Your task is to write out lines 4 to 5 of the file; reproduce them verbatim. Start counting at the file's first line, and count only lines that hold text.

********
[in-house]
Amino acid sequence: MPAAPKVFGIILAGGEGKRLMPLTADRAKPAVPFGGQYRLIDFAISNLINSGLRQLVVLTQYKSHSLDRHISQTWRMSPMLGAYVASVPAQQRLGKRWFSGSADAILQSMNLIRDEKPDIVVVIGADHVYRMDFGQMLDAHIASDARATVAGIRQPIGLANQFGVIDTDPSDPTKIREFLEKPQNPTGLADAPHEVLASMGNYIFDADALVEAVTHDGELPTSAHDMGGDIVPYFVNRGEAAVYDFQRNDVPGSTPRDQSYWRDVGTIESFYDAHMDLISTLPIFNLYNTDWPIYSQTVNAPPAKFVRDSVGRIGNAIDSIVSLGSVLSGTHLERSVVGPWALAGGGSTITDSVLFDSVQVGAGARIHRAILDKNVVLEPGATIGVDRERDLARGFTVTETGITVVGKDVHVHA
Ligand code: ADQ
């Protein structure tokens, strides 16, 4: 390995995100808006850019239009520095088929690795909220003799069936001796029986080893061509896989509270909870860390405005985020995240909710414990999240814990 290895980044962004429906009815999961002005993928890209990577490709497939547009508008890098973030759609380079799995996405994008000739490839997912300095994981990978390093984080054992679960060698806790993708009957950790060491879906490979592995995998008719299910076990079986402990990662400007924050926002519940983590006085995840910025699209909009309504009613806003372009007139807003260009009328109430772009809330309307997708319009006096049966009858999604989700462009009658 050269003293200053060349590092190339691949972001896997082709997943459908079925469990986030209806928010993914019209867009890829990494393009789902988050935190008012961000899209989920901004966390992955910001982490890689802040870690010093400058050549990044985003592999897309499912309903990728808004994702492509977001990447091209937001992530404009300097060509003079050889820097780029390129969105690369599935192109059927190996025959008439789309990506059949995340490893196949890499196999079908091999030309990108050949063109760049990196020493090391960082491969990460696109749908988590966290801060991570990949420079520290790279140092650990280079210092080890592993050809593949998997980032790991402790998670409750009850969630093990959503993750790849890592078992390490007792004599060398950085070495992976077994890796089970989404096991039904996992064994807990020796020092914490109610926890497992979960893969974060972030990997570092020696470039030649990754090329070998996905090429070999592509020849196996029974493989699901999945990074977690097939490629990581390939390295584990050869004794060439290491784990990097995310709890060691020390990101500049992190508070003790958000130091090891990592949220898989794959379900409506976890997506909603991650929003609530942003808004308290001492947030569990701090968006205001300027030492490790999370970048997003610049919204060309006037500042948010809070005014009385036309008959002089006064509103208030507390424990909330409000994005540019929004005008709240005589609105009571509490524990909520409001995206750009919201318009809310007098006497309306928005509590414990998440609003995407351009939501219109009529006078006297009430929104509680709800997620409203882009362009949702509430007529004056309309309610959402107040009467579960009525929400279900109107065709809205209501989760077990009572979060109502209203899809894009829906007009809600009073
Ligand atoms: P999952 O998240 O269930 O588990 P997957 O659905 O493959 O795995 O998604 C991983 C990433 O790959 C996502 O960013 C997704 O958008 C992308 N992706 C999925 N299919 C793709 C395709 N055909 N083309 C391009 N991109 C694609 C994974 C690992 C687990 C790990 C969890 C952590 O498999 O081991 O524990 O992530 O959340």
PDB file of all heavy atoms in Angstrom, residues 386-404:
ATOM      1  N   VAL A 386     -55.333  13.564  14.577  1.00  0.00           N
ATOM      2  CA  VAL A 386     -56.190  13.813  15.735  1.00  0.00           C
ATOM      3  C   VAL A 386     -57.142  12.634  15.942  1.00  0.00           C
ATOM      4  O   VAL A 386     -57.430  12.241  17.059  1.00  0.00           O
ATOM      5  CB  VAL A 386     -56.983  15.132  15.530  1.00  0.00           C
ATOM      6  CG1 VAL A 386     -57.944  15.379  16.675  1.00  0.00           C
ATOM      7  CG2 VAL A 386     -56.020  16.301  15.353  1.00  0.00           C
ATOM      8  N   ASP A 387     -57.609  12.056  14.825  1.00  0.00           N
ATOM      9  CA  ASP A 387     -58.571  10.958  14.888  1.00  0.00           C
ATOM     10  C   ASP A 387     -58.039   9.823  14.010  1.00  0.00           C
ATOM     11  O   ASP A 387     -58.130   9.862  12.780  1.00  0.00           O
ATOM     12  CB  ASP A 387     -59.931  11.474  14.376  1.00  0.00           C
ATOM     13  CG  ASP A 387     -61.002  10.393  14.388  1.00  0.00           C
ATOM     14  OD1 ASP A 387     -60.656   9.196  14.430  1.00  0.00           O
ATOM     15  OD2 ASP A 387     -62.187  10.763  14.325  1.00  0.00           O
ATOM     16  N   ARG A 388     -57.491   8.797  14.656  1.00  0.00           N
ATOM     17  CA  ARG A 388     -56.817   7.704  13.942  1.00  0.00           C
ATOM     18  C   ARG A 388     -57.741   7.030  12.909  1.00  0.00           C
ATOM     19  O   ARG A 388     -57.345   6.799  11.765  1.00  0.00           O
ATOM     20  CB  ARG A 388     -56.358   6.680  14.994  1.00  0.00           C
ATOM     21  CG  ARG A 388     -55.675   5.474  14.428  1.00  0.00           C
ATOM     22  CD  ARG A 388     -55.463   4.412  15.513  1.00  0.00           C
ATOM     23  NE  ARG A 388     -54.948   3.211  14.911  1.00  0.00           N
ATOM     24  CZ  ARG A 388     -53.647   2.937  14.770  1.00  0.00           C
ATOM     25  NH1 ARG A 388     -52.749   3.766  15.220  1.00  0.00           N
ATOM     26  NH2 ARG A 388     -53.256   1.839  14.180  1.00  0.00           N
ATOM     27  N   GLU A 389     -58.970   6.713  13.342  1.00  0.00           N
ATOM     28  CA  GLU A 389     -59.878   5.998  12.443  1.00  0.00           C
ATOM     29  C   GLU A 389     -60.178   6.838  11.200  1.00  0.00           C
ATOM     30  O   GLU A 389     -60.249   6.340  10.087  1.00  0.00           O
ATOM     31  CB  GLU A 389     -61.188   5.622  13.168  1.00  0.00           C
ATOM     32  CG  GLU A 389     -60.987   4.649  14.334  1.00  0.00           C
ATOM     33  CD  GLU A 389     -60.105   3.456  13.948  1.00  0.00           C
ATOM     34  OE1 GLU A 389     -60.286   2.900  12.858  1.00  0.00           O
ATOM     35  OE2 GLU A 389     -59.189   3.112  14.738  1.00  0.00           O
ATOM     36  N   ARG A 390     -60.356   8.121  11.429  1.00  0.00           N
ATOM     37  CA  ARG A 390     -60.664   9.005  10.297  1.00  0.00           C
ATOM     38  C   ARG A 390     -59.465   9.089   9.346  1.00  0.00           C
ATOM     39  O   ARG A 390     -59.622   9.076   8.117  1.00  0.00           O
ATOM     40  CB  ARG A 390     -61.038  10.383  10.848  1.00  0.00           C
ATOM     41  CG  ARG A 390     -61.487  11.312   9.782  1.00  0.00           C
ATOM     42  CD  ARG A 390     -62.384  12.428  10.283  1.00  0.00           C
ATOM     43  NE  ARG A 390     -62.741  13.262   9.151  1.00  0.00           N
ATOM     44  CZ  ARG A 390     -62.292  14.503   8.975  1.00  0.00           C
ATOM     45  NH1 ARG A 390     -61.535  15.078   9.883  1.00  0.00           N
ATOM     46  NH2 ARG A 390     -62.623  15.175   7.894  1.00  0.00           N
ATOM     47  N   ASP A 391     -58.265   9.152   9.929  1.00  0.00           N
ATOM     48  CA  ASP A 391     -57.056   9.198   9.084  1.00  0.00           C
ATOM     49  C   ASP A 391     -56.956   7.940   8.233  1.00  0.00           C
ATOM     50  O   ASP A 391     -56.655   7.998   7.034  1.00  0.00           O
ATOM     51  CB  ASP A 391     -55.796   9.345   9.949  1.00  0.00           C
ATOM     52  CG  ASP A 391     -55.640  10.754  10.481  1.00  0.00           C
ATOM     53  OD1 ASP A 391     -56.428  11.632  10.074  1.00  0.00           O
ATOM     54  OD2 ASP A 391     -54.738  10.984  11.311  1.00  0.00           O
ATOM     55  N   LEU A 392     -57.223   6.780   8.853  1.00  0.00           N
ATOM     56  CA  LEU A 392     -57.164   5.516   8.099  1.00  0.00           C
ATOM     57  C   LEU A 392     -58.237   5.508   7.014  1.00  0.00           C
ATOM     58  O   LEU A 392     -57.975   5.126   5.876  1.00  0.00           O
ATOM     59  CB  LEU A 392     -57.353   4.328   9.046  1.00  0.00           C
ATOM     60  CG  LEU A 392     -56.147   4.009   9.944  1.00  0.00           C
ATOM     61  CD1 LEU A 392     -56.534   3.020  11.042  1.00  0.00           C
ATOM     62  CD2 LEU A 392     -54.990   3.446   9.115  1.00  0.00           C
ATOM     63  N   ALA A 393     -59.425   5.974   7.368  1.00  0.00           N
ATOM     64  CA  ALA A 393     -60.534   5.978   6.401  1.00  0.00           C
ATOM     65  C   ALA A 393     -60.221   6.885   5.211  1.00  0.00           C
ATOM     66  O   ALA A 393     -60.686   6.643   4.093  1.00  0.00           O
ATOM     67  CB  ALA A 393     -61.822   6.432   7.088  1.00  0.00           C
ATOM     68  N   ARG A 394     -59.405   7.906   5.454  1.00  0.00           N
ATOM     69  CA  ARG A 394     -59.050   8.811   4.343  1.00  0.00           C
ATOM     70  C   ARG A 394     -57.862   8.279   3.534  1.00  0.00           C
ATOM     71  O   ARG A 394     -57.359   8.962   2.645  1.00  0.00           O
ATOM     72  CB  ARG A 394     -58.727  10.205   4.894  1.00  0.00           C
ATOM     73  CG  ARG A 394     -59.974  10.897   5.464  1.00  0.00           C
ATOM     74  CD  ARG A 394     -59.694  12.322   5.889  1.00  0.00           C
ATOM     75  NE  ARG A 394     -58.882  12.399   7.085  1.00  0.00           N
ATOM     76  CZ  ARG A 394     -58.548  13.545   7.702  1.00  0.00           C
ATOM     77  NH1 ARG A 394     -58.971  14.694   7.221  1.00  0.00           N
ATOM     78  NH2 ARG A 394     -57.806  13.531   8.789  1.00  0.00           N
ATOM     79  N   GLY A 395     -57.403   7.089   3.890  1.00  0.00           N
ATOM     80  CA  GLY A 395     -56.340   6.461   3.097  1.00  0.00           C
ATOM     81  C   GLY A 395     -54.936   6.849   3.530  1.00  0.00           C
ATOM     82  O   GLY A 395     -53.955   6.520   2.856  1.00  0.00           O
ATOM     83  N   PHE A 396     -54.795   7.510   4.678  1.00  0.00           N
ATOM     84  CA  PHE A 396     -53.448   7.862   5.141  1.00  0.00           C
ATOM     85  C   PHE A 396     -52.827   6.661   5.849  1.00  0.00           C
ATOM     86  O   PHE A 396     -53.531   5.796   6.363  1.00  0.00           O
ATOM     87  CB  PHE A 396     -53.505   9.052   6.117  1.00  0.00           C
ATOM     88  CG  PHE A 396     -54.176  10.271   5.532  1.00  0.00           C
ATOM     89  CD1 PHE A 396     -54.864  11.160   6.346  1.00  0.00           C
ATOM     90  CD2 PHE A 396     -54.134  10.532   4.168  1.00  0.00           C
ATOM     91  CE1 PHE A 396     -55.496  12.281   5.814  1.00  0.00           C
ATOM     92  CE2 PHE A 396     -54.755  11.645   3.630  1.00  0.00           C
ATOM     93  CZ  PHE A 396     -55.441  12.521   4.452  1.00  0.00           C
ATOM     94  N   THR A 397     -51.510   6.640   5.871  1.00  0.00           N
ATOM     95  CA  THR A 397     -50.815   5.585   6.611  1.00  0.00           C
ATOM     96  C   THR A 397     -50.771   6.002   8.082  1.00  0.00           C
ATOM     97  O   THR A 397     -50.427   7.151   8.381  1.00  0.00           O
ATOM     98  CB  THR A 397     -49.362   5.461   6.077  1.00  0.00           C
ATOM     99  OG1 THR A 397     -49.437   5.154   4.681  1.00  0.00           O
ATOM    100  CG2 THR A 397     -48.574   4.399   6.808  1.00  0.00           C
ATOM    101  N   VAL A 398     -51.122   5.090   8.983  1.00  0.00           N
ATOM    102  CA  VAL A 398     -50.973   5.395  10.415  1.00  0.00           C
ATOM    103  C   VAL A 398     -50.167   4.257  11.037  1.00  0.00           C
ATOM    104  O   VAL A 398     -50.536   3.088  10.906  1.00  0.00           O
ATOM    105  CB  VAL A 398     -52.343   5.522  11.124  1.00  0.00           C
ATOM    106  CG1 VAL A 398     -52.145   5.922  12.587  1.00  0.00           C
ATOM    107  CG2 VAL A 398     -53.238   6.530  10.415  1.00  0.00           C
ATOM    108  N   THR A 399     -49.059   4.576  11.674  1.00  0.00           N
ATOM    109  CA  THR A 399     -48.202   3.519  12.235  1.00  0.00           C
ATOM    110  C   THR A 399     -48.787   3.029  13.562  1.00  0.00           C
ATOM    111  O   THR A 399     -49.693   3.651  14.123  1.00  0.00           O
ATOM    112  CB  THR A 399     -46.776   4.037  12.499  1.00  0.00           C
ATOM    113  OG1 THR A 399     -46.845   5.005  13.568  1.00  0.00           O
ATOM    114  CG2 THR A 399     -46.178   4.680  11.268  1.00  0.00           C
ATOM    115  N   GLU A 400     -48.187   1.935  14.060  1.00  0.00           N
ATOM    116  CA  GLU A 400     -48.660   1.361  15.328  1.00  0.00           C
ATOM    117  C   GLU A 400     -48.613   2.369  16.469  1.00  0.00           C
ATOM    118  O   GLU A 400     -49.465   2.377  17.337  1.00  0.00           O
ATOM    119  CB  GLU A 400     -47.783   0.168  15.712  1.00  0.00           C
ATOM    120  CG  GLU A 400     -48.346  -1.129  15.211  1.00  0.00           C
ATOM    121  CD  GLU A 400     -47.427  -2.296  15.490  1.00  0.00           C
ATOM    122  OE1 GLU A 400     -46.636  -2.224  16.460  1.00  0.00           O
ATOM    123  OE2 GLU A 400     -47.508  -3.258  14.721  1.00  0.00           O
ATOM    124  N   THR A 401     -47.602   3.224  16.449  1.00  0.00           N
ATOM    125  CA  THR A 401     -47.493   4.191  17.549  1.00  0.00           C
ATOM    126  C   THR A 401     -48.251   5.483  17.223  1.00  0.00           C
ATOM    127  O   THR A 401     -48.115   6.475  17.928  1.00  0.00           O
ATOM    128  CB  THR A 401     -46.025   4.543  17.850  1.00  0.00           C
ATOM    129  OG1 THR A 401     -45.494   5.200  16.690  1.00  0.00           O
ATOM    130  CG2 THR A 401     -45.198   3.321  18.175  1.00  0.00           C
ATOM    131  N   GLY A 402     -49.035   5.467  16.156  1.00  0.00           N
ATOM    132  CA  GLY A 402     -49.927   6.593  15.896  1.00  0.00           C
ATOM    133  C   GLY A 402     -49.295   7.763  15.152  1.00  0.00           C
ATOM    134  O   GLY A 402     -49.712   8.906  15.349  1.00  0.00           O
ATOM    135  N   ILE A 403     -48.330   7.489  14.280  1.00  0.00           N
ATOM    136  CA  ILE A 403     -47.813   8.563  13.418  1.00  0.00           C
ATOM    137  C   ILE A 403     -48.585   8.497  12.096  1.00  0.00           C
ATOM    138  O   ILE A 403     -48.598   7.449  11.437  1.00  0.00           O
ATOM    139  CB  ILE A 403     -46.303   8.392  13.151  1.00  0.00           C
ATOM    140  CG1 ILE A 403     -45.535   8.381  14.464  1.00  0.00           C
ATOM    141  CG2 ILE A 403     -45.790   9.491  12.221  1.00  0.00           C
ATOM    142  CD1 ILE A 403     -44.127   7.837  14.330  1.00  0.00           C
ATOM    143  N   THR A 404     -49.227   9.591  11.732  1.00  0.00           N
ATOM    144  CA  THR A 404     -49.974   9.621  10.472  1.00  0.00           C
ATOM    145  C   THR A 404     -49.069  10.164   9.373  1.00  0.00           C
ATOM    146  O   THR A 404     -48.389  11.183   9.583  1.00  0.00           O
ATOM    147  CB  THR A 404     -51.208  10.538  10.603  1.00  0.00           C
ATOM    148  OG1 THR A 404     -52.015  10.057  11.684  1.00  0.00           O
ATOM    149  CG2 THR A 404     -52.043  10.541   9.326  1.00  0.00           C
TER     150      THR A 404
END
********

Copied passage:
């Protein structure tokens, strides 16, 4: 390995995100808006850019239009520095088929690795909220003799069936001796029986080893061509896989509270909870860390405005985020995240909710414990999240814990 290895980044962004429906009815999961002005993928890209990577490709497939547009508008890098973030759609380079799995996405994008000739490839997912300095994981990978390093984080054992679960060698806790993708009957950790060491879906490979592995995998008719299910076990079986402990990662400007924050926002519940983590006085995840910025699209909009309504009613806003372009007139807003260009009328109430772009809330309307997708319009006096049966009858999604989700462009009658 050269003293200053060349590092190339691949972001896997082709997943459908079925469990986030209806928010993914019209867009890829990494393009789902988050935190008012961000899209989920901004966390992955910001982490890689802040870690010093400058050549990044985003592999897309499912309903990728808004994702492509977001990447091209937001992530404009300097060509003079050889820097780029390129969105690369599935192109059927190996025959008439789309990506059949995340490893196949890499196999079908091999030309990108050949063109760049990196020493090391960082491969990460696109749908988590966290801060991570990949420079520290790279140092650990280079210092080890592993050809593949998997980032790991402790998670409750009850969630093990959503993750790849890592078992390490007792004599060398950085070495992976077994890796089970989404096991039904996992064994807990020796020092914490109610926890497992979960893969974060972030990997570092020696470039030649990754090329070998996905090429070999592509020849196996029974493989699901999945990074977690097939490629990581390939390295584990050869004794060439290491784990990097995310709890060691020390990101500049992190508070003790958000130091090891990592949220898989794959379900409506976890997506909603991650929003609530942003808004308290001492947030569990701090968006205001300027030492490790999370970048997003610049919204060309006037500042948010809070005014009385036309008959002089006064509103208030507390424990909330409000994005540019929004005008709240005589609105009571509490524990909520409001995206750009919201318009809310007098006497309306928005509590414990998440609003995407351009939501219109009529006078006297009430929104509680709800997620409203882009362009949702509430007529004056309309309610959402107040009467579960009525929400279900109107065709809205209501989760077990009572979060109502209203899809894009829906007009809600009073
Ligand atoms: P999952 O998240 O269930 O588990 P997957 O659905 O493959 O795995 O998604 C991983 C990433 O790959 C996502 O960013 C997704 O958008 C992308 N992706 C999925 N299919 C793709 C395709 N055909 N083309 C391009 N991109 C694609 C994974 C690992 C687990 C790990 C969890 C952590 O498999 O081991 O524990 O992530 O959340």